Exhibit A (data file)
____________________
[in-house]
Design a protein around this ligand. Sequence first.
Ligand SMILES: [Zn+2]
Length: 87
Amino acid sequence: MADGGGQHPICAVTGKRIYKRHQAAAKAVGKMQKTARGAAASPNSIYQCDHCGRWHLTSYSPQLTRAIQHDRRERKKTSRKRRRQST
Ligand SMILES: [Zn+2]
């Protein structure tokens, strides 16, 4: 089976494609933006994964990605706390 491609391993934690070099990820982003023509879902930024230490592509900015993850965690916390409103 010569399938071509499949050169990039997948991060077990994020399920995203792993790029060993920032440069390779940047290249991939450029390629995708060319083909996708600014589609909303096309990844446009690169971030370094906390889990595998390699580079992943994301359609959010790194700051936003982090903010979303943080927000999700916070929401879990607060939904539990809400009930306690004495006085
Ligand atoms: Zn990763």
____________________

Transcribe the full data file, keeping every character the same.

[in-house]
Design a protein around this ligand. Sequence first.
Ligand SMILES: [Zn+2]
Length: 87
Amino acid sequence: MADGGGQHPICAVTGKRIYKRHQAAAKAVGKMQKTARGAAASPNSIYQCDHCGRWHLTSYSPQLTRAIQHDRRERKKTSRKRRRQST
Ligand SMILES: [Zn+2]
């Protein structure tokens, strides 16, 4: 089976494609933006994964990605706390 491609391993934690070099990820982003023509879902930024230490592509900015993850965690916390409103 010569399938071509499949050169990039997948991060077990994020399920995203792993790029060993920032440069390779940047290249991939450029390629995708060319083909996708600014589609909303096309990844446009690169971030370094906390889990595998390699580079992943994301359609959010790194700051936003982090903010979303943080927000999700916070929401879990607060939904539990809400009930306690004495006085
Ligand atoms: Zn990763």